The Latest: Officials close stretch of I-80 in Sacramento
SAN FRANCISCO (AP) — The Latest on the wildfires in Northern California (all times local):
Officials have closed a stretch of Interstate 80 in downtown Sacramento as smoke obstructed drivers along the busy stretch.
Sacramento Fire Department Capt. Keith Wade says a grass fire in the area was rapidly spreading when crews arrived Sunday afternoon.
He says officials opted to close a 2-mile (3.2-kilometer) stretch of the interstate as they try to quickly extinguish the fire. Wade says the initial call came in as a grass fire that was threatening homes, but it spread to a grassy median in intense wind.
Wade says firefighters are going to work to get the freeway open “as soon as they can.”
California Gov. Gavin Newsom has declared a statewide emergency as wildfires and extreme weather conditions forced almost 200,000 people from their homes.
He said in a statement Sunday that officials are deploying “every resource available” to respond to the wildfires, including a large blaze in Northern California’s wine country driven by powerful winds.
Smoke from a second wildfire in the San Francisco Bay Area briefly halted traffic on a bridge. The flames came dangerously close to homes in Vallejo.
In the south, a wildfire in the Santa Clarita area north of Los Angeles has destroyed 18 structures, threatened homes and critical infrastructure.
A small wildfire broke out Sunday morning near Vallejo (vuh-LAY’-ho) with flames coming dangerously close to homes and forcing a college to evacuate at the northeast end of San Francisco Bay.
A live broadcast on KGO-TV shows the fire on both sides of Interstate 80 and homeowners using hoses on a hillside to try and fight it.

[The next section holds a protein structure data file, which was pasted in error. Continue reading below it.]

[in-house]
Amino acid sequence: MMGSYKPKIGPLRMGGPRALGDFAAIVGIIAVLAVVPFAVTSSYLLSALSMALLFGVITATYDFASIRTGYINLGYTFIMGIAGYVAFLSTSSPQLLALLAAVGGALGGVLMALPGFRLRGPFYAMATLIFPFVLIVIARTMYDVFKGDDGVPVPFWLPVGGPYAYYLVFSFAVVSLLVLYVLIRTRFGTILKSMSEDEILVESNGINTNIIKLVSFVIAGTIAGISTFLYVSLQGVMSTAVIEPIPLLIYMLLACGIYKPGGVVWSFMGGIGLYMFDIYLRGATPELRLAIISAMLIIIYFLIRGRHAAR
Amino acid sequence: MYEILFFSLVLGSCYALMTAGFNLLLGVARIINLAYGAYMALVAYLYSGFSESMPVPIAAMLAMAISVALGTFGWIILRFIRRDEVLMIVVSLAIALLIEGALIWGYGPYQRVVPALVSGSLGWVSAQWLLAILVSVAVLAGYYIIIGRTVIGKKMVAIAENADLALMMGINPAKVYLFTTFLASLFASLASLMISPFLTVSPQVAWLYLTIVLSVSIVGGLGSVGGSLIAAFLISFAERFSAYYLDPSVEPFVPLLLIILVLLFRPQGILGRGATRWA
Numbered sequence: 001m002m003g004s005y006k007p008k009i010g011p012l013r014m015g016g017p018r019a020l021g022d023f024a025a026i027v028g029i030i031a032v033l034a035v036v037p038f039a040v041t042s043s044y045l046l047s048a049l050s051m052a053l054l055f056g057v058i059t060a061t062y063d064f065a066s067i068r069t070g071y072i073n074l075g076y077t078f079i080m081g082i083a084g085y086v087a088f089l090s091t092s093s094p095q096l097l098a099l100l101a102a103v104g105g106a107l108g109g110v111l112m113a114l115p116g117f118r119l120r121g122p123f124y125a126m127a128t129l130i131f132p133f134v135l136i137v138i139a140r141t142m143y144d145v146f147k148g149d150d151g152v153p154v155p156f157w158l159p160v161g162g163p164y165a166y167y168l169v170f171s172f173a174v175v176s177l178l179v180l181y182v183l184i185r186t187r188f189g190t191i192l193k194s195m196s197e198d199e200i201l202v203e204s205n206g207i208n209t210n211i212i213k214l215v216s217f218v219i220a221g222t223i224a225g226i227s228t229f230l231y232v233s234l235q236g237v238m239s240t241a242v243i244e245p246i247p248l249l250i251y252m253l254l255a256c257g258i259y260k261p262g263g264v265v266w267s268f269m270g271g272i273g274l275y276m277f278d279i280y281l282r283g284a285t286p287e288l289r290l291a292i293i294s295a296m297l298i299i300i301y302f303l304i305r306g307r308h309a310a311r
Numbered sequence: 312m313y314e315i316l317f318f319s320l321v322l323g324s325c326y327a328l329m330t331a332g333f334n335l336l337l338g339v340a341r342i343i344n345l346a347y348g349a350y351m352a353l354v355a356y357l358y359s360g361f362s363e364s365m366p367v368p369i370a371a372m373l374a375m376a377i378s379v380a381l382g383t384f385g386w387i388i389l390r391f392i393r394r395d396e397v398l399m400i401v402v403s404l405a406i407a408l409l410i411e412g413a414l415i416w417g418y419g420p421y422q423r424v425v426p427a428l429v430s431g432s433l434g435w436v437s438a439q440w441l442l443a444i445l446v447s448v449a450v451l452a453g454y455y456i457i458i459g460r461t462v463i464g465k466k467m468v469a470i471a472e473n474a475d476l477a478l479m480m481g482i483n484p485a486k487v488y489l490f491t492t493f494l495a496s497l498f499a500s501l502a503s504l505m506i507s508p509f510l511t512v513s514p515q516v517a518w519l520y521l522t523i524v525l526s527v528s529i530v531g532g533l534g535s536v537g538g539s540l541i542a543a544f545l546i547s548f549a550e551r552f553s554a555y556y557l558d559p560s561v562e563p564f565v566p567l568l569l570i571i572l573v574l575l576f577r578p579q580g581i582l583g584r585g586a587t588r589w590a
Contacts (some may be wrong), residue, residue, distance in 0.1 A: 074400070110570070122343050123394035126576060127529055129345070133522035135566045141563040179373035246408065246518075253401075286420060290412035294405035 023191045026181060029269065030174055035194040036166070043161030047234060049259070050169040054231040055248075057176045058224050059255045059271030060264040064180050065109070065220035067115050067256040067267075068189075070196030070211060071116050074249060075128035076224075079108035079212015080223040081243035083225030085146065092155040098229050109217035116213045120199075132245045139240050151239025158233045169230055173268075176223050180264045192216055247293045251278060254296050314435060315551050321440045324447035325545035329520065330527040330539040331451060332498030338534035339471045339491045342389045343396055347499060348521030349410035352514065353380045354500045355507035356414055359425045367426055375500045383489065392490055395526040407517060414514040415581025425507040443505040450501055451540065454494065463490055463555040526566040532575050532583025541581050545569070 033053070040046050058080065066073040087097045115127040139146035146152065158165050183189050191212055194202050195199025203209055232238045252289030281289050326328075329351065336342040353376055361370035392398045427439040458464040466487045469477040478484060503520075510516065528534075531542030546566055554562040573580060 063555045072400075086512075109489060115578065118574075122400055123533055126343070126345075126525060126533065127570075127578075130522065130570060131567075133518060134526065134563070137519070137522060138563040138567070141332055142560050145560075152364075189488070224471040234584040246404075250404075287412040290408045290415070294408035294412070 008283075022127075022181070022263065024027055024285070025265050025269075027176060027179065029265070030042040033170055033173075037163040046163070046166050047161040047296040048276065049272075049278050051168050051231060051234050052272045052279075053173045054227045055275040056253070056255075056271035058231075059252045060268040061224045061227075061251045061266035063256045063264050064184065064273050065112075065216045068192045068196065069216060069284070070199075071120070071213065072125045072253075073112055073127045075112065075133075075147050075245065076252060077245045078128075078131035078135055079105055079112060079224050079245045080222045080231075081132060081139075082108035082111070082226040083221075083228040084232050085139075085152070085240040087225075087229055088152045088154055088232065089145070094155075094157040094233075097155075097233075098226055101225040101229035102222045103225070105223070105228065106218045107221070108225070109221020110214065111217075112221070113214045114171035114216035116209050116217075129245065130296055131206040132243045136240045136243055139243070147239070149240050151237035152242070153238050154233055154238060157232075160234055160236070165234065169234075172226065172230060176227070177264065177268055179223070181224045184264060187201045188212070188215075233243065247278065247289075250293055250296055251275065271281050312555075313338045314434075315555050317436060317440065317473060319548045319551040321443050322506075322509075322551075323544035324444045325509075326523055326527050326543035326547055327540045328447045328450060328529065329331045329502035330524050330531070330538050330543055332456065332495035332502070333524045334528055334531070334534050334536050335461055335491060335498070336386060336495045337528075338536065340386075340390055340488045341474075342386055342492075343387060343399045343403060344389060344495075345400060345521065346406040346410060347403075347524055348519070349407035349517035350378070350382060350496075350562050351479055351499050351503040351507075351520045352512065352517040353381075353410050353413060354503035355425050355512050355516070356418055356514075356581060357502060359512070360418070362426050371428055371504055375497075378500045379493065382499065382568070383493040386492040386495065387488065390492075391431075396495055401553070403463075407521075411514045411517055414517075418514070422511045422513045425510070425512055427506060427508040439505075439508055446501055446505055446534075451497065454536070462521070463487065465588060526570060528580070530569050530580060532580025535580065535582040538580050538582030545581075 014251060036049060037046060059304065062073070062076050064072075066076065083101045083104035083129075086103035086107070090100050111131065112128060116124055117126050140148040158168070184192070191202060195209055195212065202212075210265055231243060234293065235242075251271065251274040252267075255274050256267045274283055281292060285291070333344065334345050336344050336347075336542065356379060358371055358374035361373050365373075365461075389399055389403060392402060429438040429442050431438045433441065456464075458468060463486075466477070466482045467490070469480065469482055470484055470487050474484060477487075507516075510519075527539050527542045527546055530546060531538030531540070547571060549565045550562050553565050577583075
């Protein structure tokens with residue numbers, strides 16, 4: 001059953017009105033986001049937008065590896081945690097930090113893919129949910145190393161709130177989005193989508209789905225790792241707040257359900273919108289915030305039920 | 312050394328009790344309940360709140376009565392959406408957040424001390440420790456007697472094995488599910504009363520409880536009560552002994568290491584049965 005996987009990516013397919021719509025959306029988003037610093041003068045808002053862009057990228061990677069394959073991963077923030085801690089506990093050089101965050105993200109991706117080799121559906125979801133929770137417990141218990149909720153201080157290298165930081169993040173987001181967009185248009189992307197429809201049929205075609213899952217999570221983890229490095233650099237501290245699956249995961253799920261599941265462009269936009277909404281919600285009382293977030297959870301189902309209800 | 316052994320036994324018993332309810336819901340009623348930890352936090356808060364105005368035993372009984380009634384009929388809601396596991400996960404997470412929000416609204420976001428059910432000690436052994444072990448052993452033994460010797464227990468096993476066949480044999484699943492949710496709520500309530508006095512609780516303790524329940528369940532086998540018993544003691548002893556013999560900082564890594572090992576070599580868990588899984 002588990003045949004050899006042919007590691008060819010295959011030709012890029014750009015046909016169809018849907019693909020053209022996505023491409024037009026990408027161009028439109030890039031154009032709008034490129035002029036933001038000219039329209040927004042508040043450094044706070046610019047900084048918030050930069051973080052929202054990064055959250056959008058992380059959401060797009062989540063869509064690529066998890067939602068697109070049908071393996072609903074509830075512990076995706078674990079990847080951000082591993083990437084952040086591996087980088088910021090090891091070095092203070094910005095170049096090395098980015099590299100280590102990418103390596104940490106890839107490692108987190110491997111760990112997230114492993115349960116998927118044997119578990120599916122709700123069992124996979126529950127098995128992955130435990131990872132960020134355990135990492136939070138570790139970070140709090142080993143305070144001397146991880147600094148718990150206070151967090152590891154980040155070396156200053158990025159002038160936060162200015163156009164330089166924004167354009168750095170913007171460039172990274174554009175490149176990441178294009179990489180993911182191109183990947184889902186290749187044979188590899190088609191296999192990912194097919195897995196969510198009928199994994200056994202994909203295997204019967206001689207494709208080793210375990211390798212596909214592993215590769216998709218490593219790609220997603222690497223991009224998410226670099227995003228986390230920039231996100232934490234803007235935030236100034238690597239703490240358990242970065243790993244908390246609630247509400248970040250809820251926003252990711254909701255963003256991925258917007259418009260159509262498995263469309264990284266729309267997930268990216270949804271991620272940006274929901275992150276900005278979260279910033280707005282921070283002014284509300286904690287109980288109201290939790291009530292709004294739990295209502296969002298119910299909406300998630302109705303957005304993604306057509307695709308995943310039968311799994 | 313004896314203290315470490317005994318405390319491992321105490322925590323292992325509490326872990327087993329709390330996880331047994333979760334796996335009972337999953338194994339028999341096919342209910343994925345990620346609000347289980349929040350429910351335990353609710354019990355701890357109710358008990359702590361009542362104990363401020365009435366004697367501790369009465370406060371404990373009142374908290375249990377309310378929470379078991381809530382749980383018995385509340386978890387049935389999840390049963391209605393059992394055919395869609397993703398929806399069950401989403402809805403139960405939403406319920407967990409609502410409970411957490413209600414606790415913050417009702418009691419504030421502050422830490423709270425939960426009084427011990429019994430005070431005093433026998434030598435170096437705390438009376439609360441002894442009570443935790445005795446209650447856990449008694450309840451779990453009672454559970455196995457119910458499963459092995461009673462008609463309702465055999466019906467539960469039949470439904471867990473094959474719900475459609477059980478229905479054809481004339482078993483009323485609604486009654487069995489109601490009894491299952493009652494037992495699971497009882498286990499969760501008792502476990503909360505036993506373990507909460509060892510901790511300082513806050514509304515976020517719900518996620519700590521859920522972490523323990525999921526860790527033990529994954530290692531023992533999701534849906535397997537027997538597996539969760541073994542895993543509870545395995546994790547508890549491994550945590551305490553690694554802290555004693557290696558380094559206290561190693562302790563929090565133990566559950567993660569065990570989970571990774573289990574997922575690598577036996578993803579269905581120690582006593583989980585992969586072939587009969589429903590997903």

The fire forced the freeway to close and the California State University Maritime Academy to issue an evacuation order.
The wildfire halted traffic at the Carquinez Bridge toll booth as the freeway became shrouded in thick smoke.
Vallejo is 55 miles (88.5 kilometers) south of Geyserville where a massive wildfire forced 180,000 people to flee their communities.
Authorities say 180,000 people have been ordered to leave their homes as powerful winds threaten to spread a wildfire in Northern California’s wine country.
The Sonoma County Sheriff’s Office tweeted Sunday that it’s the largest evacuation that any member of the force can remember.
The evacuation order was significantly expanded overnight to portions of Santa Rosa, a city of 175,000 that was hit hard two years ago by a wildfire that destroyed thousands of homes and killed 22 people.
Fire officials say they are concerned the winds will blow embers and cause the fire to jump a major highway and spread to population centers.
Evacuation orders have expanded to parts of Santa Rosa as firefighters struggle to beat back a wind-driven wildfire that started in Northern California’s wine country four days ago.
Authorities issued the order early Sunday as historic winds fueled the fire overnight and prompted the state’s largest utility company to shut power to 2.3 million people to prevent additional wildfires.
Santa Rosa was hit hard by a wildfire that destroyed thousands of homes and killed 22 people two years ago. The evacuation order affects the northwestern section of the city.
California fire officials say the current wildfire, dubbed the Kincade Fire, that began Wednesday night has burned at least 40 square miles and is only 11% contained.
The National Weather Service says wind gusts topped 90 mph Sunday morning in Healdsburg Hills North, a popular tourist attraction in California’s wine country.